Love In John Donne's A Valediction: Forbidding Mourning And Andrew Marvell's To His Coy Mistress

1643 words - 7 pages

Love in John Donne's A Valediction: Forbidding Mourning and Andrew Marvell's To His Coy Mistress

John Donne's "A Valediction: Forbidding Mourning" and Andrew Marvell's To His Coy Mistress" both talk about love but has different views about it, one talks about physical love and the other talks about spiritual love. John Donne's "A Valediction: Forbidding Mourning" compared love to a circle while Andrew Marvel's "To His Coy Mistress" compared love to a straight line. Both poems are act of persuasions. "A Valediction: Forbidding Mourning" is persuading the reader that true love is eternal while "To His Coy Mistress" the speaker is persuading the mistress to make passionate sex with him. Therefore, with all of these similarities and differences, it's commendable to compare the two works of literature.

"A Valediction: Forbidding Mourning" has a subtle theme of religion in itself particularly, Christianity in relation to life after death. The main theme of the poem is true love will continue on, even after death. Lines one through two illustrate the notion of afterlife. "As virtuous men pass mildly away, And whisper to their souls to go..." Essentially, it implies that we have souls, and souls are the immortal part of men (human beings). John Donne's notion that we have souls and there's life after death are presumably based on his Christian beliefs. Donne was born in England and raised by a prosperous Roman Catholic family. At the age of 42, Donne accepted ordination in the Angelican Church. He, then, became and earned a reputation as one of the greatest preachers (Abcarian and Klotz 1121). Donne was 60 years of age when he wrote the poem; presumably, he was still a preacher at the time. Therefore, his poem can be suggested as influenced by his beliefs in afterlife.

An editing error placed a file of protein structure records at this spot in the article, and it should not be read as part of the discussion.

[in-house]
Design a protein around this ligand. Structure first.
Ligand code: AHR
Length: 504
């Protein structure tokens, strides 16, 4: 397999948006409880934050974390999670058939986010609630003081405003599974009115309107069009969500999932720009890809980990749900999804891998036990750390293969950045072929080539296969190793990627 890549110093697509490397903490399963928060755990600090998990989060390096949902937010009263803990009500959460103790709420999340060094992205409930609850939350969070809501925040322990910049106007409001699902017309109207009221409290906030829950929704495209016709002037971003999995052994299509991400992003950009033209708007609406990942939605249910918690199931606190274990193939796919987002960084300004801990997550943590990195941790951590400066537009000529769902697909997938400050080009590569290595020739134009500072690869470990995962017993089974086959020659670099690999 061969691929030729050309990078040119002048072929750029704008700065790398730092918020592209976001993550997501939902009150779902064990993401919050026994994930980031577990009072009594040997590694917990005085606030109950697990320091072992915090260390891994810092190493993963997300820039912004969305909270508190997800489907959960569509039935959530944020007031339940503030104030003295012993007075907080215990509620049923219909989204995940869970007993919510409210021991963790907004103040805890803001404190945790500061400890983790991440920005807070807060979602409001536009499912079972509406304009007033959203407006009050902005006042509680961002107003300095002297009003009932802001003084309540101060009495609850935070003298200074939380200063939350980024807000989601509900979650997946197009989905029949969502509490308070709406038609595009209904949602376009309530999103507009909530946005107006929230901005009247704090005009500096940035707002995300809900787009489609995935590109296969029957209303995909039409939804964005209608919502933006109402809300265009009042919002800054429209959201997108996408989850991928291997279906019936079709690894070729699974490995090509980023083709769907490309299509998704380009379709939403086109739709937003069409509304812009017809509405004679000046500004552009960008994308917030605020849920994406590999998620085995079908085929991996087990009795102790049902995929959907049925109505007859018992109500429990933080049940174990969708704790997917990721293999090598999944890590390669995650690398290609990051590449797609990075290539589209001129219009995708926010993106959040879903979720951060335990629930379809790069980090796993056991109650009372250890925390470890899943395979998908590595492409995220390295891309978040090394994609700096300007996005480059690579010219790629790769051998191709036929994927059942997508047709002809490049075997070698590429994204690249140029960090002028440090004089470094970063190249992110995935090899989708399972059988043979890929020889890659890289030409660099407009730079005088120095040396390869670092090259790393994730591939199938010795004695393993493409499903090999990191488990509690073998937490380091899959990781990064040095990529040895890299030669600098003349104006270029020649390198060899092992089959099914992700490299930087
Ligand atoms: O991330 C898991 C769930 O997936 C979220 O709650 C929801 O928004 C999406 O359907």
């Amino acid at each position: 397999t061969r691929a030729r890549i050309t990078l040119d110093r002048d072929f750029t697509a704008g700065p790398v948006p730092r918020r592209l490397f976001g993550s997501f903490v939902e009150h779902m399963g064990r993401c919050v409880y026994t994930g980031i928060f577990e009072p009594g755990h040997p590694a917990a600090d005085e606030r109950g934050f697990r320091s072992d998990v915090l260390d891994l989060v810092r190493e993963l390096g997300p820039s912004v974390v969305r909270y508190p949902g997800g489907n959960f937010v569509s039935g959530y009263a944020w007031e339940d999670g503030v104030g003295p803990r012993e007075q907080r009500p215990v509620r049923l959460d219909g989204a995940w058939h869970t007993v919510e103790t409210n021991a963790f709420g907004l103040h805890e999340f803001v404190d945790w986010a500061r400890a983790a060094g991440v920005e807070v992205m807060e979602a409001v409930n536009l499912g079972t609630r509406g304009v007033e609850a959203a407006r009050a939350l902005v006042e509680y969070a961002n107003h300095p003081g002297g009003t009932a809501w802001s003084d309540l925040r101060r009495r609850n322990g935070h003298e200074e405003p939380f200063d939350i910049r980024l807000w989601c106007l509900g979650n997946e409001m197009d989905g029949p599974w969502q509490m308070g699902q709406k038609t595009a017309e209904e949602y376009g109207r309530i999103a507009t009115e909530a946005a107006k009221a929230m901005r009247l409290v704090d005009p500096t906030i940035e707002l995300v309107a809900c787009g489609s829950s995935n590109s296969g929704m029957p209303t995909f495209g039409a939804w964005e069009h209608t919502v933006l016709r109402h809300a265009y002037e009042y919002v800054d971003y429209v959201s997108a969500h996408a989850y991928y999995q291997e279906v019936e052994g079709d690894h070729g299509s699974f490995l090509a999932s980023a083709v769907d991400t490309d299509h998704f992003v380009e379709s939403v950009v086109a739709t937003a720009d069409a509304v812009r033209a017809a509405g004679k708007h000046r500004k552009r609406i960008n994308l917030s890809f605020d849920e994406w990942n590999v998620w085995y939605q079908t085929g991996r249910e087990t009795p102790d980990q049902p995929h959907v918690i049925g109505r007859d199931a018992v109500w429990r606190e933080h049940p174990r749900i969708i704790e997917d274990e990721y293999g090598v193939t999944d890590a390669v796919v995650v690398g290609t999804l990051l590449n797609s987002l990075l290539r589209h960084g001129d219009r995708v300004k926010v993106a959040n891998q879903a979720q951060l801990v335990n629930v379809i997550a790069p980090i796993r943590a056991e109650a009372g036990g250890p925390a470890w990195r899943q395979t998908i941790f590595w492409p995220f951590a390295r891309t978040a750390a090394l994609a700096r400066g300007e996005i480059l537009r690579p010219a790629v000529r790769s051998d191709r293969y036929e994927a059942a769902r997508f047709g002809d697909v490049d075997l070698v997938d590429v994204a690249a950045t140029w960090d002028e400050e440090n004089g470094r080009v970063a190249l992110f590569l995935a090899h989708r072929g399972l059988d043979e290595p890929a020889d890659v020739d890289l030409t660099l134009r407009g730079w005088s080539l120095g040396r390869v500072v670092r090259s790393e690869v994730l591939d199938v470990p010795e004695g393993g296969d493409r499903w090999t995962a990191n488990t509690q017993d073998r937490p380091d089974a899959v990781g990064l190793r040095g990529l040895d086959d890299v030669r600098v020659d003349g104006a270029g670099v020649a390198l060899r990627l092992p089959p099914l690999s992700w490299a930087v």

On the other hand, Andrew Marvell's "To His Coy Mistress" has no perspective on religion. Life is viewed as linear where there's a beginning and there's an end. "To His Coy Mistress" is about an act of persuasion of a man who has a raging and lustful desire to consummate his love to his coy mistress. Marvell was born in Yorkshire and although he was not a Puritan himself, he supported the Puritan's cause during the civil war (1142). His Puritan belief may not have influenced his poem. He wrote the poem when he was 60 years of age, same age Donne wrote his "A Valediction: Forbidding Mourning."

Donne's "A Valediction: Forbidding Mourning" in terms of structure has a sense of continuity, which resembles a circle. The poem consists of nine stanzas of four lines or quatrains. Every second line of the poem is indented as if it's a weave of a basket. It has a continuous alternating pattern similar to the weavings of a basket symbolizing continuity as if it's a continuous cycle, which remind you of a circle. Moreover, Donne's "A Valediction: Forbidding Mourning" started and ended the poem with death, again as if it's a continuous cycle emulating a drawing of a circle. When you...

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